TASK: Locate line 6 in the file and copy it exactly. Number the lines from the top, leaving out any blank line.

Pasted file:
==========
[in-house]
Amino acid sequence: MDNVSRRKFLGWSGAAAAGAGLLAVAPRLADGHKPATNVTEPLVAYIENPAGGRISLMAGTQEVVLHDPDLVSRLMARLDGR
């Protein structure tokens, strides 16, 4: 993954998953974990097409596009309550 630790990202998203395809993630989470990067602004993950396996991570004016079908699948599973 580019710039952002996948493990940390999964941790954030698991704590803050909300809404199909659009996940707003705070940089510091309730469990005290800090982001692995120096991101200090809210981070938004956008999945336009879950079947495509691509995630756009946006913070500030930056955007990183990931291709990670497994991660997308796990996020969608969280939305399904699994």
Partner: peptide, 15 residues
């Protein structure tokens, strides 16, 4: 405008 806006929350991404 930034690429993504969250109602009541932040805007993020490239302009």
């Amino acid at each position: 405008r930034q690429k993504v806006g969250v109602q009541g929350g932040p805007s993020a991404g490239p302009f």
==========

């Amino acid at each position: 405008r930034q690429k993504v806006g969250v109602q009541g929350g932040p805007s993020a991404g490239p302009f």